Passings: Professor Emeritus Ian Sowton

A candle

The following is a memorial tribute for Professor Emeritus Ian Sowton, a long-serving faculty member at York University, poet and prolific author. The tribute was written by Sowton’s colleague, Professor Emeritus Ray Ellenwood:

Ian Sowton. Image: Holy Trinity, 2003
Ian Sowton. Image: Holy Trinity Church, 2003

A message from a friend recently informed me of the death of Ian Sowton (Feb. 23, 1929 to Jan. 23, 2021), after a fall and head injury. It came with a recollection of Ian and Fran housing a student couple with a newborn child when the Sowtons themselves were a young couple with their own children at the University of Alberta in the 1960s. John Unrau, another U. of A. graduate who ended up at York, had his own story of Sowton generosity. (See also the website of Holy Trinity Church near the Eaton Centre.) I would attribute Ian’s world view to that fact that he was one of those “missionary brats” who spent their early years with their parents in places like China. There were several at York in the early years, including Stephen Endicott.

A graduate of the University of Toronto, Ian taught for a number of years in Edmonton before being hired to Chair the nascent English department at Atkinson College circa 1970. I had enjoyed auditing his course on renaissance poetry at U. of A. and was happy to be his colleague for almost 30 years after I came to York. While publishing a book and articles on Spencer and 16th-century poetics, Ian was particularly active in the life of the College and the University: Chair of his department, director of the Graduate Program in English, master of a college, participant on an endless list of committees and task forces – always ready to help, even after his retirement, when he was on the executive of the Association of Retired Faculty and Librarians of York (ARFL).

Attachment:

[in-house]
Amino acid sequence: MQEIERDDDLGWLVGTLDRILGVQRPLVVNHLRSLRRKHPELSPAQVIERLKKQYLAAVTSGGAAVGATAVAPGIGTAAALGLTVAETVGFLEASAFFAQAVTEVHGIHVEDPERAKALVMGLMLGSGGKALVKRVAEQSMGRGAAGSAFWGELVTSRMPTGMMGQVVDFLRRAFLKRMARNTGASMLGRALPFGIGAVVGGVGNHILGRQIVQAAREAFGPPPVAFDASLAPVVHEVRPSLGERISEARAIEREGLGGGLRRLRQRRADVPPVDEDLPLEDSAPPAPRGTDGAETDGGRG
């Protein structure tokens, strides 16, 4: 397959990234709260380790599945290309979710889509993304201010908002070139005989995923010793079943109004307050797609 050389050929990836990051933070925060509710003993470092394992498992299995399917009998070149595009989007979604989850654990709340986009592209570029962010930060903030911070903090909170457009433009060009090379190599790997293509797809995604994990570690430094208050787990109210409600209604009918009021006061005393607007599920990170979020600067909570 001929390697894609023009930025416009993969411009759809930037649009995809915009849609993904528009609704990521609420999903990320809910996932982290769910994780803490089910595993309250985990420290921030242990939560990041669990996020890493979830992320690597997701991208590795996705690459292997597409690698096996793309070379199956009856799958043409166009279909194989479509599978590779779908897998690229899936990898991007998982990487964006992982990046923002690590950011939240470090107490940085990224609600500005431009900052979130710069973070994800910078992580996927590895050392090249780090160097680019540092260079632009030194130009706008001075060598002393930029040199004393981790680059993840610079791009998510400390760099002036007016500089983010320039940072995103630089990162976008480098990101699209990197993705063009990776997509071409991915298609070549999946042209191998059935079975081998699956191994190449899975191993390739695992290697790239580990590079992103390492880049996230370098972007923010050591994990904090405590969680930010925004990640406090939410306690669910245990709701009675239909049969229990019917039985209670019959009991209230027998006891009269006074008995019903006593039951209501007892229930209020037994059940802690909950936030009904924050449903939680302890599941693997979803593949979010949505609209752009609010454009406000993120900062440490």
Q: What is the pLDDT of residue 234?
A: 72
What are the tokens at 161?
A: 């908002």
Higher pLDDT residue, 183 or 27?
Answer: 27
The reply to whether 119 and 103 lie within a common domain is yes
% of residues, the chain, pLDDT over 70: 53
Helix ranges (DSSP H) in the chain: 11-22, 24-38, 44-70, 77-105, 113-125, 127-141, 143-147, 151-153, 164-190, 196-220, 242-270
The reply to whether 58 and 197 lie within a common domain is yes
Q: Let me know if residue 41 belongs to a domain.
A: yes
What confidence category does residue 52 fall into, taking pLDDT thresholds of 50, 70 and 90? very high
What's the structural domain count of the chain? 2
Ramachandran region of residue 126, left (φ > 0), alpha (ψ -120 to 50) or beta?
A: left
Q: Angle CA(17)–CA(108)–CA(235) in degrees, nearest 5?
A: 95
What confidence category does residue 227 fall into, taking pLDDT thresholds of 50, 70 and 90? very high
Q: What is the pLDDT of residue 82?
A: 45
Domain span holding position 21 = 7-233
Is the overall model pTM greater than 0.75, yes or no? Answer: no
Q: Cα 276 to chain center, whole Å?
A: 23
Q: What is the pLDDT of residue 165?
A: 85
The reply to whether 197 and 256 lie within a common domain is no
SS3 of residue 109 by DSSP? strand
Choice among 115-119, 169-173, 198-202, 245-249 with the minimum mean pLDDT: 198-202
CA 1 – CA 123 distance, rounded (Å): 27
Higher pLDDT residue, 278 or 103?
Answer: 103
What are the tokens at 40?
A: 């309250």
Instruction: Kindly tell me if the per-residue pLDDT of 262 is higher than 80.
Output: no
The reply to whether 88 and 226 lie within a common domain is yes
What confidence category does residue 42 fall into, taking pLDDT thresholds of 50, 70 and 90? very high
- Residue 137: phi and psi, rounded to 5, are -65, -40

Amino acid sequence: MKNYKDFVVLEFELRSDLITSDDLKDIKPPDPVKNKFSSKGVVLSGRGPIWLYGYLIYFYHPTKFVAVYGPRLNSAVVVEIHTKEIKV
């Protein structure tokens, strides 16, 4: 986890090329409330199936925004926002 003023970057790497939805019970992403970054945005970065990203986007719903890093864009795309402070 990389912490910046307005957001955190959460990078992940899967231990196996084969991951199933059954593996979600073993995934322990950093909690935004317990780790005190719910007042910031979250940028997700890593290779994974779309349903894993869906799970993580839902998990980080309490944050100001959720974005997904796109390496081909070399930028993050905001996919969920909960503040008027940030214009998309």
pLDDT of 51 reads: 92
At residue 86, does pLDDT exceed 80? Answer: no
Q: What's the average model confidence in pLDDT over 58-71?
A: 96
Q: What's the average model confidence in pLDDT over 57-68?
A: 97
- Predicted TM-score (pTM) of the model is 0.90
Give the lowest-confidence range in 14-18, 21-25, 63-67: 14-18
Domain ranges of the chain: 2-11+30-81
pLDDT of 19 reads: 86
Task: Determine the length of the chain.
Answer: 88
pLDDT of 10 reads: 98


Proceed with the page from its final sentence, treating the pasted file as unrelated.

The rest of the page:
Toward the end of his academic career, Ian became interested in feminist writers and literary theory, making them an important part of his courses. One result was that, again post-retirement, he was willing to help prepare a festschrift for an eminent feminist scholar at York: Transacting Memory: Essays in Honour of Barbara Godard (2013).

Always publishing his poetry here and there, over the years, Ian got serious after retirement, bringing out five books: Intricate Armada (2005), Imagining Sisyphus Happy (2006), Affordable Wonders (2011), which includes a number of commemorations of deceased York colleagues, The Stink of Experience (2013), and Waking in Harbour One Day (2020), a collection published a few months before his death. Most of the books were blatantly and proudly self-published and many of the poems were celebrations of the woman he had loved for so many years (in complete defiance, I would point out, of the ancient Courtly Love tradition). But for one of the last poems in Waking in Harbour, I accused him of getting close to the bone. Here is the first stanza of “Song of Passage”:

As it rejoins the primal surge

of forever dancing elements

my body shall learn the steps

for meadow grass and flowers

under sun and gracious showers.

Let’s leave it there.

Ray Ellenwood